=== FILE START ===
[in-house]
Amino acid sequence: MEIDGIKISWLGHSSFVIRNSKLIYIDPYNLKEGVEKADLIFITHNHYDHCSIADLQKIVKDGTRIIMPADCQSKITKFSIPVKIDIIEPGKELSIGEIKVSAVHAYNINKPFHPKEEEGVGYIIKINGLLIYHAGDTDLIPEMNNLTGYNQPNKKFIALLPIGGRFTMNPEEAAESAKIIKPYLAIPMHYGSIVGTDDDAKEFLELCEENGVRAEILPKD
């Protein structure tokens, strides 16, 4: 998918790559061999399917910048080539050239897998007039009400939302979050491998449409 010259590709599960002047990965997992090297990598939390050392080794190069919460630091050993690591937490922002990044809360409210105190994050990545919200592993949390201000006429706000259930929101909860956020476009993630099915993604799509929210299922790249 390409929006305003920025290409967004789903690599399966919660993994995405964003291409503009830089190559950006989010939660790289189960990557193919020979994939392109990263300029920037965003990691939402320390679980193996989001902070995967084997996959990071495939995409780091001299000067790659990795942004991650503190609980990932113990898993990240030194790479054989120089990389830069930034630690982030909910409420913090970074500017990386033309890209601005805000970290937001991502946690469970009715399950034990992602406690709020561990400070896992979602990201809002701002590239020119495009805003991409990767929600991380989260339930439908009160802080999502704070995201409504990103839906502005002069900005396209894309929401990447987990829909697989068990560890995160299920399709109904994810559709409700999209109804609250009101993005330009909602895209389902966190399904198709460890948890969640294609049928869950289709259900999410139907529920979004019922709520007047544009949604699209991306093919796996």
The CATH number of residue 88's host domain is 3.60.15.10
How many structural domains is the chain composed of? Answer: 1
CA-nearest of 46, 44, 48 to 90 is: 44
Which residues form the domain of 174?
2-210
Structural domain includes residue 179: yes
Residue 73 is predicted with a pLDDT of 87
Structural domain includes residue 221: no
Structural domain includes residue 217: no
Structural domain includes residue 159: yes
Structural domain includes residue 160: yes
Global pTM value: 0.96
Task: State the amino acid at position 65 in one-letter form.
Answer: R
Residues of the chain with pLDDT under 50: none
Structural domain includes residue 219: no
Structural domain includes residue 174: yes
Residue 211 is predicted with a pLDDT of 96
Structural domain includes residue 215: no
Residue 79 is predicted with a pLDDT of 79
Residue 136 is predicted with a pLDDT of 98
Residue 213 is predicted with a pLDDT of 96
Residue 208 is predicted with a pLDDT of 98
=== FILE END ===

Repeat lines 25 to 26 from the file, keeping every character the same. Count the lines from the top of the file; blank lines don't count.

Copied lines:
Residue 213 is predicted with a pLDDT of 96
Residue 208 is predicted with a pLDDT of 98